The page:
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Comprehensive Immigration Reform: What Is It and Why We Need It
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  1. Comprehensive Immigration Reform:What Is It and Why We Need It

  2. OneAmerica (Formerly Hate Free Zone) • Mission is to advance democracy and justice at the local, state and federal levels through building power in immigrant communities in collaboration with key allies • Started in 2001 after September 11, 2001 • Now the largest immigrant advocacy organization in Washington • Focus on community organizing, policy advocacy, and leadership development • Also run the Washington New Americans Program • New membership program

  3. Why reform the immigration system? Why is it “broken”? • Immigration laws are out of sync with 21st century economic realities • Current legal immigration system is plagued by backlogs and delays • Vast underground economy of vulnerable workers • Increasingly moved to harsh enforcement practices that hurt families but do not fix the problems • Decreasing due process protections

  4. Immigration laws out of sync with 21st century realities • Nearly a quarter of the U.S. population is either foreign-born or the child of someone who is foreign-born • In 2004, almost 15% of the labor force was foreign-born • Between 1996 and 2003, foreign-born workers accounted for 58% of the 11 million new workers in the United States • Immigrants perform key jobs in many industries

  5. Current legal immigration system plagued by backlogs and delays • Three kinds of backlogs: • Administrative: Not enough resources at CIS • Policy: Not enough visas available for family members • Security: No accountability for clearing names

  6. Examples of family wait times within the legal system • As of January 2007, a wife, husband or children of a Permanent Resident has a wait of almost five years (longer from Mexico) • A U.S. citizen applying for a brother or sister has to wait 11 years; 22 years if from Philippines • Adult unmarried children of US citizens must wait more than 5 years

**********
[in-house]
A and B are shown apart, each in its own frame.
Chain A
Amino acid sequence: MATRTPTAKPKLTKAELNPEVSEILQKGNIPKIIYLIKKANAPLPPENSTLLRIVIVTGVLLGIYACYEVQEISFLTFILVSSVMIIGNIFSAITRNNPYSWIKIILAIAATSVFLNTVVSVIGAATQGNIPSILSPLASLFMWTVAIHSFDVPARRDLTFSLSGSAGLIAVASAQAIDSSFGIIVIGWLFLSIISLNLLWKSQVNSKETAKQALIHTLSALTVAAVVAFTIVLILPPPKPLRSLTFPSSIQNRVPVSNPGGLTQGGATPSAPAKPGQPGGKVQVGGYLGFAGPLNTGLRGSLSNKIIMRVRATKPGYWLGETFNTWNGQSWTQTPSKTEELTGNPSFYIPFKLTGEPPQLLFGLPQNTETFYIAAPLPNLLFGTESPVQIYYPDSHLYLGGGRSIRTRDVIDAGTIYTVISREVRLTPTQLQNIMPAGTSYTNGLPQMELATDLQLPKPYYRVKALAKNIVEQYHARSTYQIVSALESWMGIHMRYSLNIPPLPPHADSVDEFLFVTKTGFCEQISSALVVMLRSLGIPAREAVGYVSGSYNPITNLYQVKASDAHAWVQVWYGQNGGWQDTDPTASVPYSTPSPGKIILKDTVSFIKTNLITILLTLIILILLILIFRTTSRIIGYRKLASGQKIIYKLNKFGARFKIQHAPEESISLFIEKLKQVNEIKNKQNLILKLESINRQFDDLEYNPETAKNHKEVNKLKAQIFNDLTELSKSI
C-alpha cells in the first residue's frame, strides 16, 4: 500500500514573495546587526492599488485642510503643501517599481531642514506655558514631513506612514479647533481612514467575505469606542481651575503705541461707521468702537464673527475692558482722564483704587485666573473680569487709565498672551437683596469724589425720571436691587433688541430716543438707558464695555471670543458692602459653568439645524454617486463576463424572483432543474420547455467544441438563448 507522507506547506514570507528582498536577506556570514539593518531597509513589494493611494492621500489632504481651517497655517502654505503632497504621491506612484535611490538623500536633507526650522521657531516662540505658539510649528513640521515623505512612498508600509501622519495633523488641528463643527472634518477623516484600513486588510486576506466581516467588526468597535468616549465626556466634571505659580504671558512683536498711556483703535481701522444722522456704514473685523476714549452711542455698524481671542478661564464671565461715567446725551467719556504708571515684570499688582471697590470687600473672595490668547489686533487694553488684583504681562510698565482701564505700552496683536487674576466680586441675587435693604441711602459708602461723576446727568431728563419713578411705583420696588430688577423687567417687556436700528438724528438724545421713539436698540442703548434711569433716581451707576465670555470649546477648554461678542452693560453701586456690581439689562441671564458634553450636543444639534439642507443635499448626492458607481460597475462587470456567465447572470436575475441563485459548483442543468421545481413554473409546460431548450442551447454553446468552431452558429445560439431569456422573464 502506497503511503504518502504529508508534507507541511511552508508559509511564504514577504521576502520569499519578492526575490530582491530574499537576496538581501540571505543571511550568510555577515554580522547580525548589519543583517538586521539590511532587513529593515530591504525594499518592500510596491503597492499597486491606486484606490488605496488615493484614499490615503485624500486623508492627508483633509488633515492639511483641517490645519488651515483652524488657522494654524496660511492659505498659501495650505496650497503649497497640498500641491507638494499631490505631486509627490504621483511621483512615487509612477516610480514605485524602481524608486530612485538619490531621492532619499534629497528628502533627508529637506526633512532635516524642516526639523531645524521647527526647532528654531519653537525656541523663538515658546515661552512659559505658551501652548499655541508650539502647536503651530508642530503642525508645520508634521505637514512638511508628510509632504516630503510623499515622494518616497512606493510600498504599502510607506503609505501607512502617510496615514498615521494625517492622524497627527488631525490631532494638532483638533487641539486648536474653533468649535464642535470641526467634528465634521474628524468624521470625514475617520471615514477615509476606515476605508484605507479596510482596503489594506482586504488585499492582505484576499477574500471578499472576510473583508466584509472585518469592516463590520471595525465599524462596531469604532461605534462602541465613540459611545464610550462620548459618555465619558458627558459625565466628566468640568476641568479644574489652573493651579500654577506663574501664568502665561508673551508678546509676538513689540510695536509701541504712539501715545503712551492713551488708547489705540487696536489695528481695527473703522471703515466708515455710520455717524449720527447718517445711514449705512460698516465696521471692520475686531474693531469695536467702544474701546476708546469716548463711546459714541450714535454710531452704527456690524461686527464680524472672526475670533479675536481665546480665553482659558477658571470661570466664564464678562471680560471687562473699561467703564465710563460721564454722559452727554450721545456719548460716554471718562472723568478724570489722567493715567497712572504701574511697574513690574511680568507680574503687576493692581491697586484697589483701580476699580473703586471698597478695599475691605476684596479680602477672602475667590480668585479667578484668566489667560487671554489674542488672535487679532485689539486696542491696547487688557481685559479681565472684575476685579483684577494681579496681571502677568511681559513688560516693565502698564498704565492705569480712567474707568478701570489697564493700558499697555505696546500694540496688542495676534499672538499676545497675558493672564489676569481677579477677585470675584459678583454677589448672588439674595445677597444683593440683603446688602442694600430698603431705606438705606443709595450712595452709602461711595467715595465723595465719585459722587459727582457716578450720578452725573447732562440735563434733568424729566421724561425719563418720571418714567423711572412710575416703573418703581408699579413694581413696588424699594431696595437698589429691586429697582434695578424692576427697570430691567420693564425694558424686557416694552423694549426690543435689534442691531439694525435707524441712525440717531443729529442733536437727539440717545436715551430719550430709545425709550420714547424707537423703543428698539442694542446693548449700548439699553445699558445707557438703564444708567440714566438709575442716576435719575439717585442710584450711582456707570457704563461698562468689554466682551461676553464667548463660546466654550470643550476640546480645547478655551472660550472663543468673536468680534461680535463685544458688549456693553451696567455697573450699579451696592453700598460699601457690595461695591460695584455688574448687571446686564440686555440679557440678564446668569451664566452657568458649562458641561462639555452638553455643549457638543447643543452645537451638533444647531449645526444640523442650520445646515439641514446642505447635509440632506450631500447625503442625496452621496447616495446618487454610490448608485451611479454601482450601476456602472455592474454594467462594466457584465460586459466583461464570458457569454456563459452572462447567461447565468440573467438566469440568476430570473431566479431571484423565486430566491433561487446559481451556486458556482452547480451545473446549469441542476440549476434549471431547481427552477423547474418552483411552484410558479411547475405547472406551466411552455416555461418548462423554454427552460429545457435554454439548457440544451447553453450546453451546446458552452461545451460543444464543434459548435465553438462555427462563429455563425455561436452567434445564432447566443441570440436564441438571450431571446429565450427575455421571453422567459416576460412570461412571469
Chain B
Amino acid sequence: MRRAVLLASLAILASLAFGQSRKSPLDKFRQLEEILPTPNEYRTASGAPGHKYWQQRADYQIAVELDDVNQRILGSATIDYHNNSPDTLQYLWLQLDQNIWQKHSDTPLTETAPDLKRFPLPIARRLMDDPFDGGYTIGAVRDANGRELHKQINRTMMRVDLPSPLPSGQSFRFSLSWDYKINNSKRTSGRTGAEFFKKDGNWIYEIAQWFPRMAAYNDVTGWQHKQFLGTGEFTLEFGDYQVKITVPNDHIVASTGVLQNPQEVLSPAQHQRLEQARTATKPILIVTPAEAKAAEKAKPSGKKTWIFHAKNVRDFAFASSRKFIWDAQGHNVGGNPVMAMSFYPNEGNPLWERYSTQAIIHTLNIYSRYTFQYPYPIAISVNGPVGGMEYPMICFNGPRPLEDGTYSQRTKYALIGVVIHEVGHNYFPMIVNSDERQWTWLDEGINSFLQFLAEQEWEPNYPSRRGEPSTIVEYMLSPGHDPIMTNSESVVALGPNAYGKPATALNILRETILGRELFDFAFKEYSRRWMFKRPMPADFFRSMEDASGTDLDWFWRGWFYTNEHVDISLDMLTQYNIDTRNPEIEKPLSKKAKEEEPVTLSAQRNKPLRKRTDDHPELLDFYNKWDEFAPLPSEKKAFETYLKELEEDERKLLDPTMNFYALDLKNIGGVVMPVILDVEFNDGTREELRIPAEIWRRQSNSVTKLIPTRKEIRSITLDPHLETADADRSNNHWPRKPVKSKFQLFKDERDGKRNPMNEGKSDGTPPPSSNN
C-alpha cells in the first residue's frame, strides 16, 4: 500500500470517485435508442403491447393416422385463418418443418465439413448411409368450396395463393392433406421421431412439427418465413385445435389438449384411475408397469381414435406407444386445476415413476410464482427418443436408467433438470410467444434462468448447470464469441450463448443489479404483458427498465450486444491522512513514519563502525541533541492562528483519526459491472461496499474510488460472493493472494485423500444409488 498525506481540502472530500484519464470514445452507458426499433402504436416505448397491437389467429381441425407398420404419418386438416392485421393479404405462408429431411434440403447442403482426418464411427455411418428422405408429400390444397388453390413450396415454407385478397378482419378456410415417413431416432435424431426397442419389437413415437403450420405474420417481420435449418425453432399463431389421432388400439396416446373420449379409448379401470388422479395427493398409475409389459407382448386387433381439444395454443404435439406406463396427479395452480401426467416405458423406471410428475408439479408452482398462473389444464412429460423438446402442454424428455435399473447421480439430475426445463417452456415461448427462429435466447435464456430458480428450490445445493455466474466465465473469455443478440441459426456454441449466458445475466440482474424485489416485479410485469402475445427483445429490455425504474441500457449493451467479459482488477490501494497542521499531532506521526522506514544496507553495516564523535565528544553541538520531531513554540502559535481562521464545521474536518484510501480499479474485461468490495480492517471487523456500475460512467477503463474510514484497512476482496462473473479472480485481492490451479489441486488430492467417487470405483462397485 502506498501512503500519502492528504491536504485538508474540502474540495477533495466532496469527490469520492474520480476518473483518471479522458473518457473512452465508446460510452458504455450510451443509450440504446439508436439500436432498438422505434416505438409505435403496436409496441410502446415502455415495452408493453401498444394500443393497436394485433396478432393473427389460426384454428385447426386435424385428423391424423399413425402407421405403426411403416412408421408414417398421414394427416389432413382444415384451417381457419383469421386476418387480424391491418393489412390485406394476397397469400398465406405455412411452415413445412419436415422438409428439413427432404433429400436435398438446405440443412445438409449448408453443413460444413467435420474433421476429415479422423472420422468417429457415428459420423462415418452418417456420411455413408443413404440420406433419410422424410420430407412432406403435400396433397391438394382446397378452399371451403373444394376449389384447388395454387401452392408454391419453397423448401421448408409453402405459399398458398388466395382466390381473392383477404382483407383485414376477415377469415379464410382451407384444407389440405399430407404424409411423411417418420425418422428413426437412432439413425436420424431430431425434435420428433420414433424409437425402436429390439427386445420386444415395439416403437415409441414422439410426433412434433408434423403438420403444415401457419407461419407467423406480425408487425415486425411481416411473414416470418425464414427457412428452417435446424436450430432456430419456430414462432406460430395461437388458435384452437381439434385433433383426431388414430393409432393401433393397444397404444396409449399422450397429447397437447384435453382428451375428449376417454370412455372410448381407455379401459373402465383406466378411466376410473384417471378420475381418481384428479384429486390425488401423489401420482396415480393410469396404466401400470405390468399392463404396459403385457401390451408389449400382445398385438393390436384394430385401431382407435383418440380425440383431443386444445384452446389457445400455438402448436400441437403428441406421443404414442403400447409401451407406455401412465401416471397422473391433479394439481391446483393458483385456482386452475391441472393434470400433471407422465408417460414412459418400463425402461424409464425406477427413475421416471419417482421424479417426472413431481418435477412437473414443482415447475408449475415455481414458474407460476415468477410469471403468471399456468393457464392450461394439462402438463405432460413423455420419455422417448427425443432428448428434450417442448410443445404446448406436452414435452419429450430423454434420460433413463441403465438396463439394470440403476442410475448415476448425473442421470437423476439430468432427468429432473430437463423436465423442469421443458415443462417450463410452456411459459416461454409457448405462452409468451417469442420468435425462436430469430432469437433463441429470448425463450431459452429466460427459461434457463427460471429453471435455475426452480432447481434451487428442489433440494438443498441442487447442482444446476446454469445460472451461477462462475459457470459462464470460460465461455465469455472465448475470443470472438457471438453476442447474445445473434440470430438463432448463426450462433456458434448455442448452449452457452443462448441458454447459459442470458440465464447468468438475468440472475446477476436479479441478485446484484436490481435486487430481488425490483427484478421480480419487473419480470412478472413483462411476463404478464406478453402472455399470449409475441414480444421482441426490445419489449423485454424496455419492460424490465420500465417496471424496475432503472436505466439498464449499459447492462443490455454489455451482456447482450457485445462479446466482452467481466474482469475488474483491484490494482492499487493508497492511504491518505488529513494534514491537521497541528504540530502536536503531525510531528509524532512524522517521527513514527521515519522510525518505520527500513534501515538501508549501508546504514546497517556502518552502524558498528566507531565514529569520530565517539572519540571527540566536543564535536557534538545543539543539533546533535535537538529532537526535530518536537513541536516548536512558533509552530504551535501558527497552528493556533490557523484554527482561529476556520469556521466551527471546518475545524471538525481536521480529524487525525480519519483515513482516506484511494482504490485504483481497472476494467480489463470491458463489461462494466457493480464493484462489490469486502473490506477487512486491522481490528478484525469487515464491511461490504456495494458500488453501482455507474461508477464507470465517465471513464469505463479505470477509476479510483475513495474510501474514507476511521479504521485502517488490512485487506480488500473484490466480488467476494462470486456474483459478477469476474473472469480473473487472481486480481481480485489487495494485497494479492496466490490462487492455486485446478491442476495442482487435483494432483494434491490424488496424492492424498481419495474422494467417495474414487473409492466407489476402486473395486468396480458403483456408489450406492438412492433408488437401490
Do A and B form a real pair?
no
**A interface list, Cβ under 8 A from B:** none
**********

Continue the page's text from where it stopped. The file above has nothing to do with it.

7. Supply of and demand for workers do not match • As of January 2005, 271,000 applications for employment-based green cards pending and DOL had backlog of 300,000 applications for labor certification • Only 5,000 employment-based green cards each year to workers in less-skilled jobs • Only 66,000 visa for less-skilled workers in seasonal, non-agricultural jobs like crab processing • Current H1B visa program imposes arbitrary cap: limits researchers, scientists, tech experts

  8. Underground economy punishes workers and families • Deeply rooted: one-third of undocumented immigrants have lived here for 10 years or more; 1.8 million are children • Undocumented immigrants come from everywhere • Many ways to become undocumented • Being punished for providing labor • Harsh enforcement hurts everyone

  9. Due process protections are being eroded • 1996 IIRAIRA laws greatly expanded definition of “aggravated felony” to include non-violent crimes such as shoplifting; retroactive; deportable • Also stripped immigration judges of ability to use their own discretion on individual cases • Took away judicial review • Post-9/11, Bush passed laws that allowed for mandatory and indefinite detention • Immigration judges appointed on politics not law • Denying bond to whole category of “suspected terrorists”

  10. What is Comprehensive Immigration Reform? • 7 components: • Enhance national security and safety with a sensible enforcement policy • Protect fundamental rights for all • Create a rational and human approach to the undocumented population • Keep American families together and reduce backlogs • Ensure future worker flows with full rights and protections • Allocate sufficient visas to close unlawful migration channels • Promote immigrant integration

  11. Obama Administration’s Views • As a candidate, Obama pledged the need for immigration reform • As a Senator, supported CIR bills that did not pass • As President-Elect, established several transition teams on immigration issues; met with community groups • Pledged an end to raids as we know them and has shifted focus on employers • Recently, reiterated intent to introduce CIR legislation this year. Held bi-partisan meeting at White House in June 2009.

  12. Challenges to Immigration Reform • Economy and many pressing issues • Anti-immigrant sentiment; rising in bad times • Some immigrants who should care think immigration reform is only about one type of immigrant and doesn’t affect them • Vocal minority much louder than the supportive majority • Elected officials afraid to talk about the issue

  13. What will it take to get CIR? • YOU! • Please sign up to write to your congressperson and tell them we need immigration reform • Talk to people about the need for CIR—it will benefit ALL immigrant and refugee communities • Become an organizational or individual member of OneAmerica to stay connected and make your voice heard